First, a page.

Diocletian, for instance.. Remind you of anyone ?
    Maybe ought never to have the top job in any country ?
    In Rome, Davis can say anything she likes…

    Liked by 2 people

  4. I hope writers will continue to express their opinions about politics and politicians; it has made for some of the most delicious prose. For example, Anthony Trollope: “The well-educated, widely-read Conservative who is well assured that all good things are gradually brought to an end by the voice of the people, is generally the pleasantest man to be met.” (The Eustace Diamonds)

    Liked by 3 people

      • That Trollope quote reminded me of one of William Hazlitt’s great pieces of criticism, published in “The Spirit of the Age, or Contemporary Portraits” (1825), the subject being Sir Walter Scott. An excerpt:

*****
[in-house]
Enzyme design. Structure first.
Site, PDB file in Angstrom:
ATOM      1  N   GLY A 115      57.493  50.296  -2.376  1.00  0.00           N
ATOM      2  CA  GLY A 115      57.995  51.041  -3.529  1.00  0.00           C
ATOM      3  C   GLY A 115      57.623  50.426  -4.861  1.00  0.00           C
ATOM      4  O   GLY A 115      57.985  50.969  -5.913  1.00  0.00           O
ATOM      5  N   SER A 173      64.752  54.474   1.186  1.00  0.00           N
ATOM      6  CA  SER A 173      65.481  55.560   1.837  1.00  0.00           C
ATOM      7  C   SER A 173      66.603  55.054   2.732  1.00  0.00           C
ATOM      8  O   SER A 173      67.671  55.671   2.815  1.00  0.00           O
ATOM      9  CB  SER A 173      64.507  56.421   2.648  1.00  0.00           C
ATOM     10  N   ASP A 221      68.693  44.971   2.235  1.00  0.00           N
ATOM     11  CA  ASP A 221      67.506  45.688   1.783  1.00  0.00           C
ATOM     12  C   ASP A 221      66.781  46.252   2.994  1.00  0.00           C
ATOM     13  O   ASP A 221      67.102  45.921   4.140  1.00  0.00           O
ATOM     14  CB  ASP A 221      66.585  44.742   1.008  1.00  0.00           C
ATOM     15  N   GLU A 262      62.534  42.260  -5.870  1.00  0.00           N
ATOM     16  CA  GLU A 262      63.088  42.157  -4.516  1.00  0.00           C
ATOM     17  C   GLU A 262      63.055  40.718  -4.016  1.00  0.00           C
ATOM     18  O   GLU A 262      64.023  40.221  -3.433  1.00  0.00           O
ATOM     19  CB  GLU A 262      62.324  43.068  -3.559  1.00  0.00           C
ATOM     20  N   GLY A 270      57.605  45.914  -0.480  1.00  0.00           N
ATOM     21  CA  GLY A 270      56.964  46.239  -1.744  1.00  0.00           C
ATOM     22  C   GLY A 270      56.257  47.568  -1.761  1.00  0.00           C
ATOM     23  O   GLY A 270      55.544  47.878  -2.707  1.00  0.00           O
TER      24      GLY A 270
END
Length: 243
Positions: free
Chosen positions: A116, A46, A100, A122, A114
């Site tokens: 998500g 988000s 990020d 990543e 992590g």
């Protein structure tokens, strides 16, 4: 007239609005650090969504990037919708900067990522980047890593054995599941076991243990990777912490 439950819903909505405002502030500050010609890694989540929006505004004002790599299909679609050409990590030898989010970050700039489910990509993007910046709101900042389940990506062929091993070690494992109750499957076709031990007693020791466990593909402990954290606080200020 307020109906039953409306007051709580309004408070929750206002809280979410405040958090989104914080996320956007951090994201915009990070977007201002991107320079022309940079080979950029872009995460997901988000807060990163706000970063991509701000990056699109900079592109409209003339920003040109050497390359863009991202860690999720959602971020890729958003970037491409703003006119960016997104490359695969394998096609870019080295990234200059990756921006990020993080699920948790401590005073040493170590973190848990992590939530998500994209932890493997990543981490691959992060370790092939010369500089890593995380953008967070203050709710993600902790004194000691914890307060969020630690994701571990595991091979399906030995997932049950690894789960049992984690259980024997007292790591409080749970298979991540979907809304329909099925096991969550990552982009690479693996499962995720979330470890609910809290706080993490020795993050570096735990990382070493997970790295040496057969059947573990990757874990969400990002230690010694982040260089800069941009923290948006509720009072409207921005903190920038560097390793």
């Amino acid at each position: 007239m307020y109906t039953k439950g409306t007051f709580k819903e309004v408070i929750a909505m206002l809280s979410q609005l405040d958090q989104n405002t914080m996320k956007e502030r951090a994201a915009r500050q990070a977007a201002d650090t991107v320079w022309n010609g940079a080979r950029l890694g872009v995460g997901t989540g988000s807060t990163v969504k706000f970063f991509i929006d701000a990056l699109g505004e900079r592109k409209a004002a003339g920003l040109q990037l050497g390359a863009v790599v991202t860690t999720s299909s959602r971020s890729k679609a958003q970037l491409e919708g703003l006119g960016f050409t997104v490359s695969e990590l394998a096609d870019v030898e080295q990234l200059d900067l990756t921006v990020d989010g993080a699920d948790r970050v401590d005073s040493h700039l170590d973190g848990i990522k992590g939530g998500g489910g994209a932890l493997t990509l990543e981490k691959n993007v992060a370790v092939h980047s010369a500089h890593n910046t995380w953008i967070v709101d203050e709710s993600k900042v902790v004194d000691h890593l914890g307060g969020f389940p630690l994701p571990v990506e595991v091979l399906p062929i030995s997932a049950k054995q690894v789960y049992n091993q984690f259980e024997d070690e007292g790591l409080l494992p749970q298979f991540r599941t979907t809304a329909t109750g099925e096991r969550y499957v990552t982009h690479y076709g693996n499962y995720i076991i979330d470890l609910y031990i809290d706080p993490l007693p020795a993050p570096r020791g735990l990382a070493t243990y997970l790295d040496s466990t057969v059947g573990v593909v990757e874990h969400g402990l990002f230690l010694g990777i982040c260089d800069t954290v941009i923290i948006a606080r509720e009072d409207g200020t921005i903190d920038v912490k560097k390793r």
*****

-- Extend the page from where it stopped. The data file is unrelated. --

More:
“And it is at this moment (when the heart is kindled and bursting with indignation at the revolting abuses of self-constituted power) that Sir Walter stops the press to have a sneer at the people, and to put a spoke (as he thinks) in the wheel of upstart innovation! This is what he “calls backing his friends” — it is thus he administers charms and philtres to our love of Legitimacy, makes us conceive a horror of all reform, civil, political, or religious, and would fain put down the Spirit of the Age. The author of Waverley might just as well get up and make a speech at a dinner at Edinburgh, abusing Mr. Mac-Adam for his improvements in the roads, on the ground that they were nearly impassable in many places “sixty years since;” or object to Mr. Peel’s Police-Bill, by insisting that Hounslow-Heath was formerly a scene of greater interest and terror to highwaymen and travellers, and cut a greater figure in the Newgate-Calendar than it does at present. — Oh! Wickliff, Luther, Hampden, Sidney, Somers, mistaken Whigs, and thoughtless Reformers in religion and politics, and all ye, whether poets or philosophers, heroes or sages, inventors of arts or sciences, patriots, benefactors of the human race, enlighteners and civilisers of the world, who have (so far) reduced opinion to reason, and power to law, who are the cause that we no longer burn witches and heretics at slow fires, that the thumb-screws are no longer applied by ghastly, smiling judges, to extort confession of imputed crimes from sufferers for conscience sake; that men are no longer strung up like acorns on trees without judge or jury, or hunted like wild beasts through thickets and glens, who have abated the cruelty of priests, the pride of nobles, the divinity of kings in former times; to whom we owe it, that we no longer wear round our necks the collar of Gurth the swineherd, and of Wamba the jester; that the castles of great lords are no longer the dens of banditti, from whence they issue with fire and sword, to lay waste the land; that we no longer expire in loathsome dungeons without knowing the cause, or have our right hands struck off for raising them in self-defence against wanton insult; that we can sleep without fear of being burnt in our beds, or travel without making our wills; that no Amy Robsarts are thrown down trap-doors by Richard Varneys with impunity; that no Red Reiver of Westburn-Flat sets fire to peaceful cottages; that no Claverhouse signs cold-blooded death-warrants in sport; that we have no Tristan the Hermit, or Petit-Andre, crawling near us, like spiders, and making our flesh creep, and our hearts sicken within us at every moment of our lives — ye who have produced this change in the face of nature and society, return to earth once more, and beg pardon of Sir Walter and his patrons, who sigh at not being able to undo all that you have done!”